I use Corel as a drafting program. Since I took AutoCAD classes in college I found out that layers are very helpful in technical drawings. When I draw signs the actual sign objects are on a separate layer so that it makes it easy to take those objects to make production patterns. I put all dimensions and callouts on separate layers too. I also use master layers for the title blocks so that I do not have to duplicate them from page to page.
 

JBurton

Signtologist
I use Corel as a drafting program. Since I took AutoCAD classes in college I found out that layers are very helpful in technical drawings. When I draw signs the actual sign objects are on a separate layer so that it makes it easy to take those objects to make production patterns. I put all dimensions and callouts on separate layers too. I also use master layers for the title blocks so that I do not have to duplicate them from page to page.
Oh man, that's ideal right there. I'm curious, if you put dimensions on a separate layer, does it still make the part that you are snapping dimensions to a pain to work with?
 

Big Rice Field

Electrical/Architectural Sign Designer
Since my drawings are multipage and have elements at different scales, I turn off the dynamic dimensioning and break the dimensions apart as soon as they are made. If I didn't do that the dimensions would change automatically.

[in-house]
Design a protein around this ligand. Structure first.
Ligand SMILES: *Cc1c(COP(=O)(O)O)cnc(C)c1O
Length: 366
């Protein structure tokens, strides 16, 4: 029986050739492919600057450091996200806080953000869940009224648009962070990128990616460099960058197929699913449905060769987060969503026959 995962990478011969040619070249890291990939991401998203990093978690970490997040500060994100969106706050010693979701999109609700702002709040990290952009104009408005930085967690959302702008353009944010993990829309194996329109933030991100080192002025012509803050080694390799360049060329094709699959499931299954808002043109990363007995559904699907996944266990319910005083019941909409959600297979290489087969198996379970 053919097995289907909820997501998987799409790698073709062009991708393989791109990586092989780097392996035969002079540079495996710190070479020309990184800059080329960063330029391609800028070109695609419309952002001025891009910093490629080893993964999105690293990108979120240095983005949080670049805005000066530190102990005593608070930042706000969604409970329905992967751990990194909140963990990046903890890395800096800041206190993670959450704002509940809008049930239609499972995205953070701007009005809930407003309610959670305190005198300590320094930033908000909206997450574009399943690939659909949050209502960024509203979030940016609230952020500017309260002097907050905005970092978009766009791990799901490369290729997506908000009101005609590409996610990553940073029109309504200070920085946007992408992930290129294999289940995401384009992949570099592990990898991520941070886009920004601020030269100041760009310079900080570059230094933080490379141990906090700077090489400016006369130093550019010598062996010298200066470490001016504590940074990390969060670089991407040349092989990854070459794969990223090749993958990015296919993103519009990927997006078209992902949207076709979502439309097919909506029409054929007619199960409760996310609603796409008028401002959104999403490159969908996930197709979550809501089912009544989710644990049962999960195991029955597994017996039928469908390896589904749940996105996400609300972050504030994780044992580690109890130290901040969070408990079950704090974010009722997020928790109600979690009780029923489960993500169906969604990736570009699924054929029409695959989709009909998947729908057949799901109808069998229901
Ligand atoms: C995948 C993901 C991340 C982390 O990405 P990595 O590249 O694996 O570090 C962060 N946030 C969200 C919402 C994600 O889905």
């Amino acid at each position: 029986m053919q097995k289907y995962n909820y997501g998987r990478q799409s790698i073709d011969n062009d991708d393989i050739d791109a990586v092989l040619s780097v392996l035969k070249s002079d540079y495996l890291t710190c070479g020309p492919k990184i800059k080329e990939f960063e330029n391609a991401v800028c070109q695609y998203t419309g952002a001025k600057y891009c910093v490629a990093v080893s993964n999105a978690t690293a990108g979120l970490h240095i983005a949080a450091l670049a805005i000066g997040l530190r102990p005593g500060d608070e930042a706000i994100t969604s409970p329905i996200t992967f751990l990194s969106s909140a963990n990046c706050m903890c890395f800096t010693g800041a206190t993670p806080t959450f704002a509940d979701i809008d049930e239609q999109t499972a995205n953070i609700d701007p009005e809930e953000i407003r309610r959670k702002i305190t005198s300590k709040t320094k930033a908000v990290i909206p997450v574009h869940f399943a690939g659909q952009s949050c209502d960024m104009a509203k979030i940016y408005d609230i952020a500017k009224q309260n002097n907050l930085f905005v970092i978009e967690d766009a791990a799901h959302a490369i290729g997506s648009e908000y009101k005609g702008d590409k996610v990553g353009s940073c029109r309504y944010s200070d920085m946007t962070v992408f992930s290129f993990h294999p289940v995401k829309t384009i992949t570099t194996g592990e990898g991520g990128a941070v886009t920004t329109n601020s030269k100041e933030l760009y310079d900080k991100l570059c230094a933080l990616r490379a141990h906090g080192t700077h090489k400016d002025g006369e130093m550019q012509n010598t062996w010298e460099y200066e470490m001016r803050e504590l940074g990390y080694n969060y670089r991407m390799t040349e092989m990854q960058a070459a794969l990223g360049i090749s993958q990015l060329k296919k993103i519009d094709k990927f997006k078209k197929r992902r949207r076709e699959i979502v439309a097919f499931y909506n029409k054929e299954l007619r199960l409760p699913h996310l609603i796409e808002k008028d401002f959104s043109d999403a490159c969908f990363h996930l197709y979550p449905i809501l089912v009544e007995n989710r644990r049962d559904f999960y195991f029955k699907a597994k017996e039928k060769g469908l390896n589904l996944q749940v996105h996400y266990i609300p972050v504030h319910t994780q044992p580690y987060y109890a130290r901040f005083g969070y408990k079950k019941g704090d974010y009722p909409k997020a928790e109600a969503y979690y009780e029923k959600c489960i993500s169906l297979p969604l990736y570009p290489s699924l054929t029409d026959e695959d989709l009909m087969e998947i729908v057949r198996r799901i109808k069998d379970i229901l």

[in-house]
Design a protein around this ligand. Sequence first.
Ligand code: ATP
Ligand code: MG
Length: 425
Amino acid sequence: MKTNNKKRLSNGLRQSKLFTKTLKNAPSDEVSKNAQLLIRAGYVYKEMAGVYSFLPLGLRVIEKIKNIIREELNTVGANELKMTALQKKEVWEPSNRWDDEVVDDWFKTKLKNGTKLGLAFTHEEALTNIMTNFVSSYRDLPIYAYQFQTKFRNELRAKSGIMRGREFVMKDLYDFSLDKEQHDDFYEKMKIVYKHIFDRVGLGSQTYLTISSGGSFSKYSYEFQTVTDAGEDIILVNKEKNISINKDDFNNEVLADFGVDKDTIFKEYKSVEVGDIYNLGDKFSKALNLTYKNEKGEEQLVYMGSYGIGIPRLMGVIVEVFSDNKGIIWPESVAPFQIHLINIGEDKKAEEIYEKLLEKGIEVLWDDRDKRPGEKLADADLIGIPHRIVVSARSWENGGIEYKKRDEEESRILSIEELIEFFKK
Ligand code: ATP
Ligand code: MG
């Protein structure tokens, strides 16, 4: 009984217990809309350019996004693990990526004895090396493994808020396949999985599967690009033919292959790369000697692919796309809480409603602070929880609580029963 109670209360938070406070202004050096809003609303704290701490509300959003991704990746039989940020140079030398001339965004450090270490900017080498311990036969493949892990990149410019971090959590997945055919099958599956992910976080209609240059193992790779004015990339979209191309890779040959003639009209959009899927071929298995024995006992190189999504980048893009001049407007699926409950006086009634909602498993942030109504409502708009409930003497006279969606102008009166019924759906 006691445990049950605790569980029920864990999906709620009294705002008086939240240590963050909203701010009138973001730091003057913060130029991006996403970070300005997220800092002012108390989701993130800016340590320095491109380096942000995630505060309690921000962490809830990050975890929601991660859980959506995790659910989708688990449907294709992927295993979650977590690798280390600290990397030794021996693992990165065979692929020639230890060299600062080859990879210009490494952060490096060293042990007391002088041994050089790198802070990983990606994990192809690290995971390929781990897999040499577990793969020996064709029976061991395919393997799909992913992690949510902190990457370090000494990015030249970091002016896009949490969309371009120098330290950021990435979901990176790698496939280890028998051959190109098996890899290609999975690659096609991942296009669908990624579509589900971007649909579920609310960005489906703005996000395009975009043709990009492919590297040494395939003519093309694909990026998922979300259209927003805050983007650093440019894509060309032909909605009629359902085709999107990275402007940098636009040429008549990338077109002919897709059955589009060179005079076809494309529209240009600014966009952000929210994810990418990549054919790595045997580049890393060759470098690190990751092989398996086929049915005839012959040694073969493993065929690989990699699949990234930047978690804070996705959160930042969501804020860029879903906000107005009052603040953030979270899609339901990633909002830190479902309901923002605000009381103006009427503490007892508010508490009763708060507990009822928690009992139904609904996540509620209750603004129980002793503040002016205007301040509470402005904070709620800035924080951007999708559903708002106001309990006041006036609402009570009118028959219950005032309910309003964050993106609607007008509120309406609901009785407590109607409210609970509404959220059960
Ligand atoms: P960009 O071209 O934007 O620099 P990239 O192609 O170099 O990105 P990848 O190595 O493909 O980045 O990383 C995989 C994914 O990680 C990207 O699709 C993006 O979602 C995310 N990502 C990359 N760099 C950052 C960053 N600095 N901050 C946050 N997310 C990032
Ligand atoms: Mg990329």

Big Rice Field

Electrical/Architectural Sign Designer
Oh man, that's ideal right there. I'm curious, if you put dimensions on a separate layer, does it still make the part that you are snapping dimensions to a pain to work with?
As soon as I create the dimension I break it apart and ungroup it. This disables dynamic dimensioning, which is useless on drawings that have elements drawing at different scales. For example a building elevation may be at 1/16"=1'-0" architectural scale and a detail on another page is at 1/4"=1'-0". If the dynamic dimensioning is not broken up it will change the dimensions over the entire drawing.
 

Big Rice Field

Electrical/Architectural Sign Designer
Oh man, that's ideal right there. I'm curious, if you put dimensions on a separate layer, does it still make the part that you are snapping dimensions to a pain to work with?
The dimensions snap to the objects as long as you have "edit across layers" option active. I put the dimensions on its own layer so it is easier to shut them off when it comes time to take the sign itself into a full size pattern. Same goes for other elements in the drawing. my "SIGN" layer is only the sign and I just copy it and paste it into a new drawing, then enlarge it to full size.
 

Big Rice Field

Electrical/Architectural Sign Designer
Oh man, that's ideal right there. I'm curious, if you put dimensions on a separate layer, does it still make the part that you are snapping dimensions to a pain to work with?
After I make a dimension I immediately break it apart (Ctrl-K) and ungroup it (Ctrl U). this negates dynamic dimensioning. The reason I do this is that different drawing objects are at different scales throughout the drawing. For example, a building elevation may be at 1/16"=1' scale, while the detail on the next page of the sign will be at 1/4"=1'-0".
 

Big Rice Field

Electrical/Architectural Sign Designer
SInce I use different scales
Oh man, that's ideal right there. I'm curious, if you put dimensions on a separate layer, does it still make the part that you are snapping dimensions to a pain to work with?
On a technical drawing, I immediately break apart and ungroup dimensions after I make them. If I leave dynamic dimensioning on it causes problems going from building elevations to detail pages.